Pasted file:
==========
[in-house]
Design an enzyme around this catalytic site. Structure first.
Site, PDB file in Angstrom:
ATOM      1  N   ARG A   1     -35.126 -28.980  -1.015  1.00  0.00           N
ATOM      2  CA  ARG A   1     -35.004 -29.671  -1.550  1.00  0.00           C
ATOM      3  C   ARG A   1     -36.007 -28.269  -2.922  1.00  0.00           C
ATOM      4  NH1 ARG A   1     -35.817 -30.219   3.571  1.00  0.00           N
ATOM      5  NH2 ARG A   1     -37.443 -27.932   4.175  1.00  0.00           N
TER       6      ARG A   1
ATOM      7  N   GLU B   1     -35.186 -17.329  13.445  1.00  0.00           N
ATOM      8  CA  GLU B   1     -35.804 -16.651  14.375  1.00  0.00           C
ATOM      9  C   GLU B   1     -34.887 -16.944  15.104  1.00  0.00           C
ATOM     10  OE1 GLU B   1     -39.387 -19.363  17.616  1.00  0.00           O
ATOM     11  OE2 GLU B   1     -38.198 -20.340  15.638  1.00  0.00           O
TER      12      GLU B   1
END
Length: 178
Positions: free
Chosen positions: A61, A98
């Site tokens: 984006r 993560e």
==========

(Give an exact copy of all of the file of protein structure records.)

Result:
[in-house]
Design an enzyme around this catalytic site. Structure first.
Site, PDB file in Angstrom:
ATOM      1  N   ARG A   1     -35.126 -28.980  -1.015  1.00  0.00           N
ATOM      2  CA  ARG A   1     -35.004 -29.671  -1.550  1.00  0.00           C
ATOM      3  C   ARG A   1     -36.007 -28.269  -2.922  1.00  0.00           C
ATOM      4  NH1 ARG A   1     -35.817 -30.219   3.571  1.00  0.00           N
ATOM      5  NH2 ARG A   1     -37.443 -27.932   4.175  1.00  0.00           N
TER       6      ARG A   1
ATOM      7  N   GLU B   1     -35.186 -17.329  13.445  1.00  0.00           N
ATOM      8  CA  GLU B   1     -35.804 -16.651  14.375  1.00  0.00           C
ATOM      9  C   GLU B   1     -34.887 -16.944  15.104  1.00  0.00           C
ATOM     10  OE1 GLU B   1     -39.387 -19.363  17.616  1.00  0.00           O
ATOM     11  OE2 GLU B   1     -38.198 -20.340  15.638  1.00  0.00           O
TER      12      GLU B   1
END
Length: 178
Positions: free
Chosen positions: A61, A98
């Site tokens: 984006r 993560e």